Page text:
Anne Frank, a tragic heroine that shouldn’t have died after trying so desperately to live.

anne frank

Abandoning the mother ship

pumpkin, pumpkin stew

Soon to be pumpkin stew

DIL and sister wife left this morning to drive back up to SF. I still have my son until tomorrow. He flies out mid-morning to the east coast and I’m not looking forward to the thirty-five minute drive and the lunacy of the airport. At its best it’s not pleasant. Now they’re undergoing major construction delays and it’s another level of Hell.  For the moment, home is reminiscent of the old days; he’s sitting at the dining room table with a computer surrounded by piles of books, only this time he’s not writing a report or research paper, he’s grading essays.

Young Yale Professor

Photo of a Yale professor in action

I can’t believe this little sk8r boy of mine goes to work and fifteen college freshman call him Professor Angel Boy. Of course, they don’t REALLY call him Angel Boy, but I think they  should. It’s hard to wrap my brain around the concept. It’s mind boggling. Especially since he still derives the greatest pleasure by shocking me with offensive earsplitting and vulgar expulsions of intestinal gas that serves as his initial form of communication when he opens the front door (Insert loud breaking wind sounds here) “Hi, mom, I’m home!” or belching as commentary while we’re enjoying a lovely meal at the dinner table, like Thanksgiving. Apparently, my laughing is an ineffective method of dissuading that kind of behavior. Sometimes I tell him he’s disgusting but he finds that a compliment rather than a criticism. His wife thinks he’s funny too; even the captain finds him humorous, shaking his head, “That’s our boy!” almost, no, not almost–completely proud of him– so it’s hopeless. The dichotomy between his academic braininess and his juvenile antics is-uh-refreshing. It’s no wonder I treat him like he’s still in the third grade. It’s as if he never left elementary school with the stupid arm farts and the other robust sounds and smells that emanate from all of his orifices. I keep my fingers crossed that when he meets with his department heads or his publisher that he remembers all the lessons in good manners we practiced and he only acts out here as the living embodiment of the prodigal son. Like I said, fingers crossed.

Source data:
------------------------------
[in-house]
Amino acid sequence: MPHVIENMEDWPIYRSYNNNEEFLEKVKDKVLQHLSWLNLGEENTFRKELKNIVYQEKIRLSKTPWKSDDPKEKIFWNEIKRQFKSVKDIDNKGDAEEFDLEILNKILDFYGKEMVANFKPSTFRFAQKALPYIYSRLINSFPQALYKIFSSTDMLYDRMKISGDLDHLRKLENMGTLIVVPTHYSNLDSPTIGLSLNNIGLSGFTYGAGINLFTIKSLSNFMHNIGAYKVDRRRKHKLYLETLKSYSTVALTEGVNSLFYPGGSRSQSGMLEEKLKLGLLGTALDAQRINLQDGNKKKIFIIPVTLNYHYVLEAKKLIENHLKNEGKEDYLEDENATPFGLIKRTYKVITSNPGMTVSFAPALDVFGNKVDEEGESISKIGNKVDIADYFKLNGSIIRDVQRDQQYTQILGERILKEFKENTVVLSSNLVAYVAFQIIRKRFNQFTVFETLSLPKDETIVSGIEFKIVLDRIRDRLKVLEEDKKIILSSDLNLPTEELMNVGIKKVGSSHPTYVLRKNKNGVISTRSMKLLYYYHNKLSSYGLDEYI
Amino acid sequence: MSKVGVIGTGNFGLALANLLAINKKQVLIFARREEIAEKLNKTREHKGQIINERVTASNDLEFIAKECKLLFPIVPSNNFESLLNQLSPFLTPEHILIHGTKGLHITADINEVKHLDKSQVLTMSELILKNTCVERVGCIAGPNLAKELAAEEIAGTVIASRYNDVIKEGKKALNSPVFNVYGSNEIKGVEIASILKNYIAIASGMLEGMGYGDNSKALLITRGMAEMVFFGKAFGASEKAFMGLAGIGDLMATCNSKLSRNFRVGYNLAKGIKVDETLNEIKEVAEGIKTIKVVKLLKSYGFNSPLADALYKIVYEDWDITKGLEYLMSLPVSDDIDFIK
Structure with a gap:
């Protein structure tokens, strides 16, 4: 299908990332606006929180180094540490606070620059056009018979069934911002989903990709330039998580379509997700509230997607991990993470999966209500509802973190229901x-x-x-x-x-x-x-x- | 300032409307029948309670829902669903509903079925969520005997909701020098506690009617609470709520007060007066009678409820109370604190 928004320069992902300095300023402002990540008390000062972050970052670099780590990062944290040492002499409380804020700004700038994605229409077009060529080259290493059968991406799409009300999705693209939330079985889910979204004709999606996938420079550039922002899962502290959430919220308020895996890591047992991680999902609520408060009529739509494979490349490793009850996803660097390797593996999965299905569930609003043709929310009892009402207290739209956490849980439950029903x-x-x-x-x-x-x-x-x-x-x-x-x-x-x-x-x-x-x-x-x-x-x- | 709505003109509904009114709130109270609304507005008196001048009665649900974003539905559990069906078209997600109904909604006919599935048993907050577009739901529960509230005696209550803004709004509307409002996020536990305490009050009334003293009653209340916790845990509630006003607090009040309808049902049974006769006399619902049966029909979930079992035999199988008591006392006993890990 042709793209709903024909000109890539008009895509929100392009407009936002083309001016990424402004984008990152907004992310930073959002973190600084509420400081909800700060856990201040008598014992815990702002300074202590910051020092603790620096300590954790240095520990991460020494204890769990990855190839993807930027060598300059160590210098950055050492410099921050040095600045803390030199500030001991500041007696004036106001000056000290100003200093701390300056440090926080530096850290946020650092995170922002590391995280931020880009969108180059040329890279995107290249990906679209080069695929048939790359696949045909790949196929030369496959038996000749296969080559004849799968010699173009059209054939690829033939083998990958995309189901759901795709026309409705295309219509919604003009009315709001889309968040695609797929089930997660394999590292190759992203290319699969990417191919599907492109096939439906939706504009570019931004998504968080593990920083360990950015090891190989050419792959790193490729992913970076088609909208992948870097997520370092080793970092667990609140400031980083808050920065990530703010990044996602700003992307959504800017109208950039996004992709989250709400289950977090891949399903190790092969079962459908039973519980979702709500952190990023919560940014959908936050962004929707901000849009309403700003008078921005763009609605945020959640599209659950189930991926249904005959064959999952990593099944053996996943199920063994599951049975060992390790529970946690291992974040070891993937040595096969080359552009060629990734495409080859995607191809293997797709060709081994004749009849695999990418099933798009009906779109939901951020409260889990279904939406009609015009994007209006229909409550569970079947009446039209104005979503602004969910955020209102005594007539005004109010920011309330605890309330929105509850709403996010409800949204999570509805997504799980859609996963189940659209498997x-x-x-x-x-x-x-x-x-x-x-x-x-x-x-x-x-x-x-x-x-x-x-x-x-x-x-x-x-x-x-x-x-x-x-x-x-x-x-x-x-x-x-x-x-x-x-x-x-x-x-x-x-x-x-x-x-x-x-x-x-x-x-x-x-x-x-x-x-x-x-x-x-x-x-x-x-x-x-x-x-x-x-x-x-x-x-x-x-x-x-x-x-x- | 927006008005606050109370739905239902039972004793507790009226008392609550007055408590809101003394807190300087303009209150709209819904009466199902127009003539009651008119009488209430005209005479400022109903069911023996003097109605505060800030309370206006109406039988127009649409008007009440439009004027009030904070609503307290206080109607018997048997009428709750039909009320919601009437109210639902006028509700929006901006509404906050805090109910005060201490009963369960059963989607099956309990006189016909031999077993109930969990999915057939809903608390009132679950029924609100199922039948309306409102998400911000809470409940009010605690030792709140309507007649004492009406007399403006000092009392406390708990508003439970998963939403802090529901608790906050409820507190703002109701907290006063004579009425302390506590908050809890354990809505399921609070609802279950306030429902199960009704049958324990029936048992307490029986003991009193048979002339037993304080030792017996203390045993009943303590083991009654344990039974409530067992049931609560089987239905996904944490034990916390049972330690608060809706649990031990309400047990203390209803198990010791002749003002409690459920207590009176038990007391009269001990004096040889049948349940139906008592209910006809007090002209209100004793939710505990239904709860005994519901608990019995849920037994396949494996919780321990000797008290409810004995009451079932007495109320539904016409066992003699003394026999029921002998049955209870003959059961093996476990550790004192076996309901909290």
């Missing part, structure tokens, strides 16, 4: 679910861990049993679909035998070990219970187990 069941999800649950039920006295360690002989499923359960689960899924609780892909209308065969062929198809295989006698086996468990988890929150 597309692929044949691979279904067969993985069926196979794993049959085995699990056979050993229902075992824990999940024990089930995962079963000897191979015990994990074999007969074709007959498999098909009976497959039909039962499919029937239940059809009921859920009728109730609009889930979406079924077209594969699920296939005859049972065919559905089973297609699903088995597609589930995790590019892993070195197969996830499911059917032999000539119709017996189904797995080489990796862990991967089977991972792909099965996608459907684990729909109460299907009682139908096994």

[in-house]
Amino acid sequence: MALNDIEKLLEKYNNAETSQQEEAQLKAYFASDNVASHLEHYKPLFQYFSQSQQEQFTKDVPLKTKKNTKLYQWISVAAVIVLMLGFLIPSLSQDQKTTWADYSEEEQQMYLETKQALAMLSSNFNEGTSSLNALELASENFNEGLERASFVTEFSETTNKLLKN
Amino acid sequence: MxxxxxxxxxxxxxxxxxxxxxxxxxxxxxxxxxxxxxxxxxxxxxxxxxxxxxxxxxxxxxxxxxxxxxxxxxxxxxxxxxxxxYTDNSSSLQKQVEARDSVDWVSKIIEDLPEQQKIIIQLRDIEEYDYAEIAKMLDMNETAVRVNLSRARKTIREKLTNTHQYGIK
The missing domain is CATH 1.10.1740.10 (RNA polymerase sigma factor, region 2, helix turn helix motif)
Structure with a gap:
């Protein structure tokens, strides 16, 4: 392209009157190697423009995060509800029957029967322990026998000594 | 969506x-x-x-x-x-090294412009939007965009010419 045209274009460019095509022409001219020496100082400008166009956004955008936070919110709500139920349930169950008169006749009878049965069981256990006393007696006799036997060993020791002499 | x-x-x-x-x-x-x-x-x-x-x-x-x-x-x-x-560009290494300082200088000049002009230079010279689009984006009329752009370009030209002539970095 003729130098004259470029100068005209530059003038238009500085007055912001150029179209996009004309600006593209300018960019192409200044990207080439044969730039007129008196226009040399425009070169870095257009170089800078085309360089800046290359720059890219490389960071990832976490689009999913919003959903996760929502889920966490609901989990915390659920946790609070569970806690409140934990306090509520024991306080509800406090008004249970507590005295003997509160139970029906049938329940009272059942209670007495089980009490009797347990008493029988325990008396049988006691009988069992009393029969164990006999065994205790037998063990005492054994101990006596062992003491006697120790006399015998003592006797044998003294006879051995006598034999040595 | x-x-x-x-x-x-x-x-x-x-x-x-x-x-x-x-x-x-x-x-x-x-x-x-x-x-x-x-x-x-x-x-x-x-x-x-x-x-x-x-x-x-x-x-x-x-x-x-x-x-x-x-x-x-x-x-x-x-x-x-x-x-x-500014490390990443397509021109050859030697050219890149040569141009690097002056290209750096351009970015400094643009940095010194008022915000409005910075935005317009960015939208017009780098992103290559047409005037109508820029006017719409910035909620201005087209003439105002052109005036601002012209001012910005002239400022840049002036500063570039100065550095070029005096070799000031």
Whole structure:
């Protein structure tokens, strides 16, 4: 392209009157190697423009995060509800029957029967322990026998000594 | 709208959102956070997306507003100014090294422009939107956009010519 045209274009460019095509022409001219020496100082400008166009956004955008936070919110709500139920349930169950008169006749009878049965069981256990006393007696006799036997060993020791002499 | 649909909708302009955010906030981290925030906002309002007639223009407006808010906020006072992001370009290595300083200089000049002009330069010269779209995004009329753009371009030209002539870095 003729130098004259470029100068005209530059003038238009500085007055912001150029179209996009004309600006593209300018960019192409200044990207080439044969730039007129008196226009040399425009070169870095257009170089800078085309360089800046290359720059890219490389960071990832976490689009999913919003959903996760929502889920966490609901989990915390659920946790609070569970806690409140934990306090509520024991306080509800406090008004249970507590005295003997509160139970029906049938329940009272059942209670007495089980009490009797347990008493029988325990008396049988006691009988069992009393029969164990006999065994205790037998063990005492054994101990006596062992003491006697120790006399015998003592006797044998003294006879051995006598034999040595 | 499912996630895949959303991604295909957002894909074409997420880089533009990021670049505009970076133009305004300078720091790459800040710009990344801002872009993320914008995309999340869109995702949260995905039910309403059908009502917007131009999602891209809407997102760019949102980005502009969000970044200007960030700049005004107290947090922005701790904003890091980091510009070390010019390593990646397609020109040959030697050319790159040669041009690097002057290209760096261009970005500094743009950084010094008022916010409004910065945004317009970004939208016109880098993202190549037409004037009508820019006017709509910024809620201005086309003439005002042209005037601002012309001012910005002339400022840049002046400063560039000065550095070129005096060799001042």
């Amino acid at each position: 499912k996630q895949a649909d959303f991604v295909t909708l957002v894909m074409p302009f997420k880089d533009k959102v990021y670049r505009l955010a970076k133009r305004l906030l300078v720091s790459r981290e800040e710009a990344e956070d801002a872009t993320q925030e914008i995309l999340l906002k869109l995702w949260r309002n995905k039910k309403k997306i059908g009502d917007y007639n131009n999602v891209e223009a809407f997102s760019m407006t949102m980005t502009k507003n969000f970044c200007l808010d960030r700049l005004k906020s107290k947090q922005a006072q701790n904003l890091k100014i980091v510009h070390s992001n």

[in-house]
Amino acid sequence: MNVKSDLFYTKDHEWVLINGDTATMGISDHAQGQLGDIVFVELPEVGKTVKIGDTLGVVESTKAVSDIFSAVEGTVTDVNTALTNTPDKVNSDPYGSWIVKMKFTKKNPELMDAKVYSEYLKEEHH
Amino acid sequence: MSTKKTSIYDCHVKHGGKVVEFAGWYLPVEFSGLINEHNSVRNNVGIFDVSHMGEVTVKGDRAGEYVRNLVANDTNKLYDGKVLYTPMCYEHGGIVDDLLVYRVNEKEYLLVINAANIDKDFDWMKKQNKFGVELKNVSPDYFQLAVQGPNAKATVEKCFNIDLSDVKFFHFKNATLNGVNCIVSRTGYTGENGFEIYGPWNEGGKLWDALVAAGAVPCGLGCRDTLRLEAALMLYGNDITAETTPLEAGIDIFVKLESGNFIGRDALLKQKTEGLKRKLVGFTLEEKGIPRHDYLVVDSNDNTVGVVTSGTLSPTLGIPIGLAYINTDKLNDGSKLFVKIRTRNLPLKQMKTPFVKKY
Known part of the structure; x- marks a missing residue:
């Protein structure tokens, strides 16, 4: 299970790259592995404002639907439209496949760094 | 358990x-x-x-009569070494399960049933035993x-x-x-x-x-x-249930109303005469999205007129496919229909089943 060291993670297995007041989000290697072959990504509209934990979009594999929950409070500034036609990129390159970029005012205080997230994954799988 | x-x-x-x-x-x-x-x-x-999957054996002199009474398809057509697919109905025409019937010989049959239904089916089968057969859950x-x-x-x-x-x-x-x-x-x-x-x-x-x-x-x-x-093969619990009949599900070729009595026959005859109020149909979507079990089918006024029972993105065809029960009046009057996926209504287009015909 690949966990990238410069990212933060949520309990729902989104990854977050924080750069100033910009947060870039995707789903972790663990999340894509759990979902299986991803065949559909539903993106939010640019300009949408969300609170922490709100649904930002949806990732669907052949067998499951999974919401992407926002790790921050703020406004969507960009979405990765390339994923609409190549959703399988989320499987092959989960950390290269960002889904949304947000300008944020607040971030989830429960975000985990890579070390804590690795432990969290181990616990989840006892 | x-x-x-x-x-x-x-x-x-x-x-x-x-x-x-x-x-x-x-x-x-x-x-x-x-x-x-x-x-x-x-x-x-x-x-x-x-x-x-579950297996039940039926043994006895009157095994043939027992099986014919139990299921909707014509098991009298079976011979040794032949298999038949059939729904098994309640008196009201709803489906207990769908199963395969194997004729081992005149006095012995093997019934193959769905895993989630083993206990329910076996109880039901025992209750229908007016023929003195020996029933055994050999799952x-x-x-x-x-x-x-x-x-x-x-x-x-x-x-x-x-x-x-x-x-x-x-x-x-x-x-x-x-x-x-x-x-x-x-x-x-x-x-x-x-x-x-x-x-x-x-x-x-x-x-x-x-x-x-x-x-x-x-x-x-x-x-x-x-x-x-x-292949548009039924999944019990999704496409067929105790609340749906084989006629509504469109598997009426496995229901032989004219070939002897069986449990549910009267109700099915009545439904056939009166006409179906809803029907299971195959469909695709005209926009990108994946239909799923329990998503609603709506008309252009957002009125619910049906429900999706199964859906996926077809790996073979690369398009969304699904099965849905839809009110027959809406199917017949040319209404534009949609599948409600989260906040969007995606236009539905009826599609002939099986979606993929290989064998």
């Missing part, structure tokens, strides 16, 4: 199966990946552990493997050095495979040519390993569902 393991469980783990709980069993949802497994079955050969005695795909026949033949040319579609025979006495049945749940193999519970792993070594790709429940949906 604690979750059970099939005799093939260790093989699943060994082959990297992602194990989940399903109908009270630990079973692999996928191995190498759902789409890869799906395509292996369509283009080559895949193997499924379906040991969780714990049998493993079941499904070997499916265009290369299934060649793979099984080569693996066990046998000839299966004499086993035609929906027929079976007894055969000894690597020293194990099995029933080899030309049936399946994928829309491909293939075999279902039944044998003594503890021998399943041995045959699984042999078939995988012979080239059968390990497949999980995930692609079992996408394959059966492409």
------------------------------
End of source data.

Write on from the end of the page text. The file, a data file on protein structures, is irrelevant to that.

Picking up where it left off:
Moroccan Pumpkin Stew

Smells DELICIOUS

I’m in the kitchen baking another loaf of Whole Wheat Bread. Tonight we had Moroccan Pumpkin Stew (recipe below) with steamed brown rice and Seared Ahi ‘cos I have to make sure he gets enough protein.

It’s kind of cold, damp, and foggy; after dinner we made a fire and  played Scrabble. He won, of course–232 to 219.scrabble

An assortment of desserts; apple pie, black bean brownies, oatmeal cookiesapple pie, black bean brownies, oatmeal cookies

Beautiful flowers from my Angel Boy

Moroccan Pumpkin Stew

  • 2 tablespoons olive oil
  • 2 medium onions, peeled and cut in large chunks
  • 1 medium carrot, peeled and cut in large chunks
  • 6 small potatoes, well-scrubbed but not peeled, cut in half
  • 1-1/2 cups fresh pumpkin, peeled and cut in large chunks
  • 1 tablespoon freshly grated ginger
  • 1 clove garlic, minced
  • 1/2 teaspoon ground turmeric
  • 1-1/2 teaspoons ground coriander
  • 1/2 teaspoon ground cumin
  • 1 cinnamon stick
  • 1-1/2 cups canned tomato, chopped
  • 1 cup water
  • Salt and pepper to taste
  • 2 tablespoons raisins

Heat the oil in a large heavy saucepan over medium high heat. Add the onions, carrot, potato, and pumpkin and saute for 5-10 minutes, stirring from time to time. When vegetables have softened, add the ginger and garlic. Continue to saute for 2-3 minutes, then add the turmeric, coriander, cumin and cinnamon stick. Cook for another 5-8 minutes, then add the canned tomato and 1 cup of water. Bring to a simmer, season with salt and pepper, then add the raisins. Allow to cook for 18-25 minutes until all vegetables are soft – but don’t overcook. Serve over or with brown rice.